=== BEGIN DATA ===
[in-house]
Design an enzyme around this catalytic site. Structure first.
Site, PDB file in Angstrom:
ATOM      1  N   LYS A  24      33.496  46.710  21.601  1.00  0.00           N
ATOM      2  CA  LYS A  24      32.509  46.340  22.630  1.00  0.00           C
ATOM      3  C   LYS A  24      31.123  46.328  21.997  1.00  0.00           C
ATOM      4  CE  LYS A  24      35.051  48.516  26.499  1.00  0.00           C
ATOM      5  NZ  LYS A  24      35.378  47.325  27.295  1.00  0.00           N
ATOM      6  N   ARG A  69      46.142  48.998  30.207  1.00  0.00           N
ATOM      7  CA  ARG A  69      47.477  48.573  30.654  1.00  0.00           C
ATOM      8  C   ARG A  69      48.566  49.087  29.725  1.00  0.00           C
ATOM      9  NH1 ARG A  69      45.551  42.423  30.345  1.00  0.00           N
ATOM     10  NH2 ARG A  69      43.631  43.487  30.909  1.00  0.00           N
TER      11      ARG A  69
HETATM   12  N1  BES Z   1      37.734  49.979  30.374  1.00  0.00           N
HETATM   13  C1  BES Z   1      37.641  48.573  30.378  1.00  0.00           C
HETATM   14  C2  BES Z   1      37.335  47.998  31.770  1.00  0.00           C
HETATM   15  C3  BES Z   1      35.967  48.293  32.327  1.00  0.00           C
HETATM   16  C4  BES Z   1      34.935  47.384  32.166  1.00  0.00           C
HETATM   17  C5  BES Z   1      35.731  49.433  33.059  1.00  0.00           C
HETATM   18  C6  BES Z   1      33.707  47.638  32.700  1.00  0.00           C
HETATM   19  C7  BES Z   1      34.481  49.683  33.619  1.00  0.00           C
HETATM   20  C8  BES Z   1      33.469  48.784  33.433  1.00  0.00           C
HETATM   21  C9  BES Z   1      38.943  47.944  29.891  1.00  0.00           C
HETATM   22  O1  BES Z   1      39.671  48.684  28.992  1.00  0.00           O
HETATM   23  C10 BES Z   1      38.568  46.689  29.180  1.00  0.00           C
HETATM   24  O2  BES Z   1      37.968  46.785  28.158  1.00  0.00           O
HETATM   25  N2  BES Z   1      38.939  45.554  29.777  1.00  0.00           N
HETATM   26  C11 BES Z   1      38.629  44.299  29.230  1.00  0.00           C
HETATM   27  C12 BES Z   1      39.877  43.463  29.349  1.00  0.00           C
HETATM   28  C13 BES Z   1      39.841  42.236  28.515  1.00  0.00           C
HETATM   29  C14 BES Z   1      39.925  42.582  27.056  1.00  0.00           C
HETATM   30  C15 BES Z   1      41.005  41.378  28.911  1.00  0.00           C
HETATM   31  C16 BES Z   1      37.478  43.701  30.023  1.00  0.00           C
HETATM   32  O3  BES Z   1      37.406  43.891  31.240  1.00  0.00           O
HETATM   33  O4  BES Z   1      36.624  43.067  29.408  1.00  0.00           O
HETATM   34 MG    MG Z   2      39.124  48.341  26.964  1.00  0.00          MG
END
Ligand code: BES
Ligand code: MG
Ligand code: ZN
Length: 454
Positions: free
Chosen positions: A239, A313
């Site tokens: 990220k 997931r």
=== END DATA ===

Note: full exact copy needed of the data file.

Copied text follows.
[in-house]
Design an enzyme around this catalytic site. Structure first.
Site, PDB file in Angstrom:
ATOM      1  N   LYS A  24      33.496  46.710  21.601  1.00  0.00           N
ATOM      2  CA  LYS A  24      32.509  46.340  22.630  1.00  0.00           C
ATOM      3  C   LYS A  24      31.123  46.328  21.997  1.00  0.00           C
ATOM      4  CE  LYS A  24      35.051  48.516  26.499  1.00  0.00           C
ATOM      5  NZ  LYS A  24      35.378  47.325  27.295  1.00  0.00           N
ATOM      6  N   ARG A  69      46.142  48.998  30.207  1.00  0.00           N
ATOM      7  CA  ARG A  69      47.477  48.573  30.654  1.00  0.00           C
ATOM      8  C   ARG A  69      48.566  49.087  29.725  1.00  0.00           C
ATOM      9  NH1 ARG A  69      45.551  42.423  30.345  1.00  0.00           N
ATOM     10  NH2 ARG A  69      43.631  43.487  30.909  1.00  0.00           N
TER      11      ARG A  69
HETATM   12  N1  BES Z   1      37.734  49.979  30.374  1.00  0.00           N
HETATM   13  C1  BES Z   1      37.641  48.573  30.378  1.00  0.00           C
HETATM   14  C2  BES Z   1      37.335  47.998  31.770  1.00  0.00           C
HETATM   15  C3  BES Z   1      35.967  48.293  32.327  1.00  0.00           C
HETATM   16  C4  BES Z   1      34.935  47.384  32.166  1.00  0.00           C
HETATM   17  C5  BES Z   1      35.731  49.433  33.059  1.00  0.00           C
HETATM   18  C6  BES Z   1      33.707  47.638  32.700  1.00  0.00           C
HETATM   19  C7  BES Z   1      34.481  49.683  33.619  1.00  0.00           C
HETATM   20  C8  BES Z   1      33.469  48.784  33.433  1.00  0.00           C
HETATM   21  C9  BES Z   1      38.943  47.944  29.891  1.00  0.00           C
HETATM   22  O1  BES Z   1      39.671  48.684  28.992  1.00  0.00           O
HETATM   23  C10 BES Z   1      38.568  46.689  29.180  1.00  0.00           C
HETATM   24  O2  BES Z   1      37.968  46.785  28.158  1.00  0.00           O
HETATM   25  N2  BES Z   1      38.939  45.554  29.777  1.00  0.00           N
HETATM   26  C11 BES Z   1      38.629  44.299  29.230  1.00  0.00           C
HETATM   27  C12 BES Z   1      39.877  43.463  29.349  1.00  0.00           C
HETATM   28  C13 BES Z   1      39.841  42.236  28.515  1.00  0.00           C
HETATM   29  C14 BES Z   1      39.925  42.582  27.056  1.00  0.00           C
HETATM   30  C15 BES Z   1      41.005  41.378  28.911  1.00  0.00           C
HETATM   31  C16 BES Z   1      37.478  43.701  30.023  1.00  0.00           C
HETATM   32  O3  BES Z   1      37.406  43.891  31.240  1.00  0.00           O
HETATM   33  O4  BES Z   1      36.624  43.067  29.408  1.00  0.00           O
HETATM   34 MG    MG Z   2      39.124  48.341  26.964  1.00  0.00          MG
END
Ligand code: BES
Ligand code: MG
Ligand code: ZN
Length: 454
Positions: free
Chosen positions: A239, A313
């Site tokens: 990220k 997931r």